Design

Cohort study.

Setting

Data from The Danish Multidisciplinary Hip Fracture Registry linked with data from Danish National Registries.

Participants

Danish patients undergoing hip fracture surgery, aged >65 years, admitted 1 March 2010 to 30 November 2013 ( N = 25 305).

Exposure

Off-hours: weekday evenings and nights, and weekends.

Main Outcome Measures

Meeting specific performance measures, surgical delay and mortality.

Results

No differences were found in patient characteristics or in meeting performance measures (RRs from 0.99 [95% CI: 0.98–1.01] to 1.01 [95% CI: 0.99–1.02]. When comparing admission on weekdays (evenings and nights vs. days), off-hours admission was associated with a lower risk of surgical delay (adjusted OR 0.75 [95% CI: 0.66–0.85]) while no differences in 30-day mortality was found (adjusted OR 0.91 [95% CI: 0.80–1.04]. When comparing admission during weekends with admission during weekdays, off-hours admission was associated with a higher risk of surgical delay (adjusted OR 1.19 [95% CI: 1.05–1.37]) and a higher 30-day mortality risk (adjusted OR 1.13 [95% CI: 1.04–1.23]. The risk of surgical delay appeared not to explain the excess 30-day mortality.

Conclusions

Patients admitted off-hours and on-hours received similar quality of care. The risk of surgical delay and 30 days mortality was higher among patients admitted during weekends; explanations need to be clarified.

, , , , ,
Topic:
Issue Section:

Studies have reported that patients admitted to hospitals during off-hours with acute medical conditions may experience a higher risk of death and other adverse outcomes compared with those admitted during regular hospital hours [ 1–12 ]. The most commonly cited explanatory factors for the increased adverse effects following off-hours admission (off-hours-effect) include differences in patient characteristics, staffing levels/compositions, and the organization of care. To disentangle the roles of these factors and to provide clarification on the mechanisms driving off-hours-effects studies, with detailed data on unselected patients, are needed.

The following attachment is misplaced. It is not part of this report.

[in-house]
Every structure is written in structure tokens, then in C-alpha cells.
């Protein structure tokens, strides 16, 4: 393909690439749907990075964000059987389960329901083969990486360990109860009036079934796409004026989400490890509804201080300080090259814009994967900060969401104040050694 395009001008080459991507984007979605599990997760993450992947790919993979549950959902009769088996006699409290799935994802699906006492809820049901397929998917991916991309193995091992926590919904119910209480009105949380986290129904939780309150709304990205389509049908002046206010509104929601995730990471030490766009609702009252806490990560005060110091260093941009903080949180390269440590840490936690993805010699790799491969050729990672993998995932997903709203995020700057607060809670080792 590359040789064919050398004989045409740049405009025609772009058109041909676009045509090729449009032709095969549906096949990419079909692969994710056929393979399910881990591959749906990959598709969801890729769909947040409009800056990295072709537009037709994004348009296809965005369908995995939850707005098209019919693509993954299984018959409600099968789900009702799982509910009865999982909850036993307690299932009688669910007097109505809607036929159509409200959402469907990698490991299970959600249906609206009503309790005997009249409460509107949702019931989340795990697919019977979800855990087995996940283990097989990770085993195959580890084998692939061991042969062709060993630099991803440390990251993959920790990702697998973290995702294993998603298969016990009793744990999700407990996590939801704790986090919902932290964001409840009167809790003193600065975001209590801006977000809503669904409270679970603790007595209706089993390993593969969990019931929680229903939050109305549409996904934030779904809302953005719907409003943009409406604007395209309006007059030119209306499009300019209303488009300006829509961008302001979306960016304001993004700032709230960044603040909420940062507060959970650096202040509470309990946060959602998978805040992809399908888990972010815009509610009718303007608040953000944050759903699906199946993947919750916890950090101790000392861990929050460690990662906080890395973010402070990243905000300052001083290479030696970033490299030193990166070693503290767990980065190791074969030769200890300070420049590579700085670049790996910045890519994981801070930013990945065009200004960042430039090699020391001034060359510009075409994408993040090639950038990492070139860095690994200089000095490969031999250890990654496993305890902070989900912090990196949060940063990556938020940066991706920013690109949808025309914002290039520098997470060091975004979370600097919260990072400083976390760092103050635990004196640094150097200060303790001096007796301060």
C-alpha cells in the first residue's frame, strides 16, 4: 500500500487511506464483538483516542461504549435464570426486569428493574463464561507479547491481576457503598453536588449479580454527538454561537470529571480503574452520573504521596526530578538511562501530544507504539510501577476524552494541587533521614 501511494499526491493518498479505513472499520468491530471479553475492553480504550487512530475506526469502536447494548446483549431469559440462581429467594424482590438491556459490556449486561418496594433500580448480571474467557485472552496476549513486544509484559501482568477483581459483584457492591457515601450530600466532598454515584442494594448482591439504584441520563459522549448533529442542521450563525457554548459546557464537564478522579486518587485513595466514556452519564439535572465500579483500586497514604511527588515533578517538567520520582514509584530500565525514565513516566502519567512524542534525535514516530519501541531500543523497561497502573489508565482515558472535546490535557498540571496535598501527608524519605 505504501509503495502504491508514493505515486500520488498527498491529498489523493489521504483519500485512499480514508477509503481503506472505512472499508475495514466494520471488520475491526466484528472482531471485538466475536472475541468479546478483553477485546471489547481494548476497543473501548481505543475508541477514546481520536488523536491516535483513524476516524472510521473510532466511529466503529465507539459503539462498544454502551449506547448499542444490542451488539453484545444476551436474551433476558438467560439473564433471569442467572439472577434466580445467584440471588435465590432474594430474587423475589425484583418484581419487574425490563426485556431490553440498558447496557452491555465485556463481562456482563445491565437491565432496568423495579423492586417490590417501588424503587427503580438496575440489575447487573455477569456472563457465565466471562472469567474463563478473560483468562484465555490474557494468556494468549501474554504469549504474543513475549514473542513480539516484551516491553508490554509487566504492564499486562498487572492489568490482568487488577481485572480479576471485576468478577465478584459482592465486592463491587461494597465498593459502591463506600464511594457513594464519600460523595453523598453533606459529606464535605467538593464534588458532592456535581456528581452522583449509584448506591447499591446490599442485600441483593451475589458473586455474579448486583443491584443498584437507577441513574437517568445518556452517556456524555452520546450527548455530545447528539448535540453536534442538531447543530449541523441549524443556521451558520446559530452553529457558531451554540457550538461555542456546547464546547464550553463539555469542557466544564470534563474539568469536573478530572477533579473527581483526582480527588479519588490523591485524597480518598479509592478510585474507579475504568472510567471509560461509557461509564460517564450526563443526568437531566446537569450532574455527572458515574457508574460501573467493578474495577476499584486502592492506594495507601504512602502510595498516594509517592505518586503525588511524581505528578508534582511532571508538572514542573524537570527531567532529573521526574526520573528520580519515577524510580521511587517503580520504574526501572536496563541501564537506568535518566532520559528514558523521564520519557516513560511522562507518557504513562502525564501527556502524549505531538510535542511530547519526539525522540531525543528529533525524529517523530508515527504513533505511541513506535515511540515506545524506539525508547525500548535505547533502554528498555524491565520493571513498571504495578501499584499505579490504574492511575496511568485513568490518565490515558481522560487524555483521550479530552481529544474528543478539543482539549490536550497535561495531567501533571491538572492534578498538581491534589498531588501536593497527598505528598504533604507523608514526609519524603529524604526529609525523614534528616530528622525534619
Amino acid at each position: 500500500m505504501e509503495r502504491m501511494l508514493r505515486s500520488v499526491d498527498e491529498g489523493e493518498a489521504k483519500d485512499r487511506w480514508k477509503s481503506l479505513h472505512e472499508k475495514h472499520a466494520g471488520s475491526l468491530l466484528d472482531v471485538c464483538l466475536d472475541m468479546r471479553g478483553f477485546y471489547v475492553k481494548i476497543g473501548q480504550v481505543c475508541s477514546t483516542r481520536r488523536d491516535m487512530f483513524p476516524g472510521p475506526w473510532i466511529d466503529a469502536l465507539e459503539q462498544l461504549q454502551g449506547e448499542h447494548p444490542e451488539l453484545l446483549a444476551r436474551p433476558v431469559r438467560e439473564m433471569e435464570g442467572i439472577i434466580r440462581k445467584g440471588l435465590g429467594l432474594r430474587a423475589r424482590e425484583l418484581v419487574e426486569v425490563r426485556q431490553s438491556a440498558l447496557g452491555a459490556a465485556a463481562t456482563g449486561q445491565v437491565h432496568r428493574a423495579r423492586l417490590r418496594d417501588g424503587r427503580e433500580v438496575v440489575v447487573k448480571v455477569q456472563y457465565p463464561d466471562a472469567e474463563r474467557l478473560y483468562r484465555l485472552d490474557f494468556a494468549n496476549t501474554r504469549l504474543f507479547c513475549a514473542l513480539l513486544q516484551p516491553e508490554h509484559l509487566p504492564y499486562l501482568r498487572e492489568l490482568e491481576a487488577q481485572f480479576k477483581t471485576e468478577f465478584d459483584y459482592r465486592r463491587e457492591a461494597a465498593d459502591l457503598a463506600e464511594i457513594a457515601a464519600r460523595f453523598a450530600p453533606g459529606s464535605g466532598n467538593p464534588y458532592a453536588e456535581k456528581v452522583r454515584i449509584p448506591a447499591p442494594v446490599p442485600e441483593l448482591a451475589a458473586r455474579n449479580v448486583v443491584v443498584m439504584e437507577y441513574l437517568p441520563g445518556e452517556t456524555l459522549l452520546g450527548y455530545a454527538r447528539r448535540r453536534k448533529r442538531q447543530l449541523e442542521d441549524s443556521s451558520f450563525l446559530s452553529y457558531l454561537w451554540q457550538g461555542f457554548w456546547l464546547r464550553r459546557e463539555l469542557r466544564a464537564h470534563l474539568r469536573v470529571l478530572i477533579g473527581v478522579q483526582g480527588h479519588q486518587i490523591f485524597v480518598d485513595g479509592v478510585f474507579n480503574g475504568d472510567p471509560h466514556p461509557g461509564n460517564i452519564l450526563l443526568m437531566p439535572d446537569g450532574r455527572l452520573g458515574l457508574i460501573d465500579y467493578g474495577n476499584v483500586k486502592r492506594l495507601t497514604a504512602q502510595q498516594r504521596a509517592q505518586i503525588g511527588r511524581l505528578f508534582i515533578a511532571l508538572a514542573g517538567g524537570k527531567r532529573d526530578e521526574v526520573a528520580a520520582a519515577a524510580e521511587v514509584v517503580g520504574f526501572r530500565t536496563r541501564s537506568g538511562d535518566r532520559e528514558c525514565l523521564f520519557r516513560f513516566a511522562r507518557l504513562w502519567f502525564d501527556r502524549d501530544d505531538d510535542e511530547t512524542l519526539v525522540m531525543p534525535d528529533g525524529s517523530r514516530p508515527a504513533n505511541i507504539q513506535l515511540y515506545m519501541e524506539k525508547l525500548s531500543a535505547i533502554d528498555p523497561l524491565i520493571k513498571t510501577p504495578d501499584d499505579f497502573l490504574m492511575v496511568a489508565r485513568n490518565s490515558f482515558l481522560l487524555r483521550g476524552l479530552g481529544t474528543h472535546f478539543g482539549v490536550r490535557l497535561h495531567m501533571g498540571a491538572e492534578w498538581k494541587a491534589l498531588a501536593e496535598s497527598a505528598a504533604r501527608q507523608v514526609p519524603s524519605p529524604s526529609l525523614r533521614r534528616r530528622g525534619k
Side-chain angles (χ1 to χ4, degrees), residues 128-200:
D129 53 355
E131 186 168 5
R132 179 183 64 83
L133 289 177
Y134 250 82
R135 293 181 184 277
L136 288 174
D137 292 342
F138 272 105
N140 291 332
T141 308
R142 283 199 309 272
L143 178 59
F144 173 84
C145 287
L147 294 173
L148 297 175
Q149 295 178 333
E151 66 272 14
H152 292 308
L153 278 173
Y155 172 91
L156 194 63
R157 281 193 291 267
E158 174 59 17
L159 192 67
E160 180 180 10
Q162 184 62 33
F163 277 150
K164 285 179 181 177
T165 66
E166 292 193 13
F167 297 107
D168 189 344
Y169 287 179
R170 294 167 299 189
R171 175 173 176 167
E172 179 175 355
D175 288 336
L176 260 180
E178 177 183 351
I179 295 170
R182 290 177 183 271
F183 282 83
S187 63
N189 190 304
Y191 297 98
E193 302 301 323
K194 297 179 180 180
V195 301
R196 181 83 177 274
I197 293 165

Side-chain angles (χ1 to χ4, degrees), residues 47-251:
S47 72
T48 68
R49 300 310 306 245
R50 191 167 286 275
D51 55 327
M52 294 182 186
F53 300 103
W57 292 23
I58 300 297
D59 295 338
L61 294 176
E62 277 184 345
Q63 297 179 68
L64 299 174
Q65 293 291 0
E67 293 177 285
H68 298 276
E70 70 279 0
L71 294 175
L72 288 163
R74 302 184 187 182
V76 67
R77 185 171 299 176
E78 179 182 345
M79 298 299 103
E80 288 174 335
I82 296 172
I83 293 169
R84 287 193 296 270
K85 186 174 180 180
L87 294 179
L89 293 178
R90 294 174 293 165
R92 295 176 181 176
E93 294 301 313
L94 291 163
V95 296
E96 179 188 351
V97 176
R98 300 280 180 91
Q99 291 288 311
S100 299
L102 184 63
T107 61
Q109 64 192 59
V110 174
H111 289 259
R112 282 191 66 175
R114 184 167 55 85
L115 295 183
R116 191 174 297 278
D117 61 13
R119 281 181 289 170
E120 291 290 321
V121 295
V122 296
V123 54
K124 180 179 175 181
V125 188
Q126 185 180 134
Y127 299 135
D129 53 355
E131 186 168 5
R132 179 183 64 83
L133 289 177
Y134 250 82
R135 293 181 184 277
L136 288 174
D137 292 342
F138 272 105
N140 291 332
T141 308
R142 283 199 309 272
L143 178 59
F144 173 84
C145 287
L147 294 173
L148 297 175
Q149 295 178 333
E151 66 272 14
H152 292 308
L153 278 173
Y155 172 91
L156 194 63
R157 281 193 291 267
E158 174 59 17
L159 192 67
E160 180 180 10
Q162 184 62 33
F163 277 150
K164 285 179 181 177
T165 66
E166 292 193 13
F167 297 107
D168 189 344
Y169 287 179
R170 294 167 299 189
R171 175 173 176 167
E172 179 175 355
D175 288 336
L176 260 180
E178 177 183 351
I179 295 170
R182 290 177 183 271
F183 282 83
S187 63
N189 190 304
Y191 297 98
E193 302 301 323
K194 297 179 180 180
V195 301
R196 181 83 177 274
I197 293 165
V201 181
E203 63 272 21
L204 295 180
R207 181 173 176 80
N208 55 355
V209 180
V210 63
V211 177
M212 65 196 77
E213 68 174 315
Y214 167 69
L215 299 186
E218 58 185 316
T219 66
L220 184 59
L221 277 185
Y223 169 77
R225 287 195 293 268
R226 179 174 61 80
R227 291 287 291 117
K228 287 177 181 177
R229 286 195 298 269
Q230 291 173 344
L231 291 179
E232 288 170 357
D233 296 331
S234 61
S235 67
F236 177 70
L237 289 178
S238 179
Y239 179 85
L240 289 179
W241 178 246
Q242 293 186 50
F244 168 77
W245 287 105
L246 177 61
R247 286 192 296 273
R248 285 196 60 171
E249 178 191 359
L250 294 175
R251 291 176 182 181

Hip fracture is among the most common causes for hospital admissions among the older population. The risk of dying within 1 month after a hip fracture is ∼10%; however, more than 10% of the patients that survive a hip fracture face disabilities that prevent return to living in their own homes [ 13 , 14 ]. Studies have provided inconsistent results on admission-time-related variations in patient outcomes following a hip fracture treatment [ 4 , 15–23 ]. To our knowledge, no study has examined the association between admission time and quality of care, as reflected in process performance measures.

The analysis of plaque composition based on radio-frequency backscatter, so-called ‘virtual histology’, characterizes plaques as fibrotic, fibrofatty with or without a necrotic core, or calcific. Although the PROSPECT trial [ 243 ] provided new insights regarding indications for stent implantation, the role of tissue characterization for everyday practice remains to be established.

Optical coherence tomography (OCT) is a light-based modality of intravascular imaging with higher spatial resolution than IVUS (15 vs. 100 μm). Its penetration is lower than IVUS but it provides detailed imaging of the endoluminal borders. At present, OCT is a valuable research tool.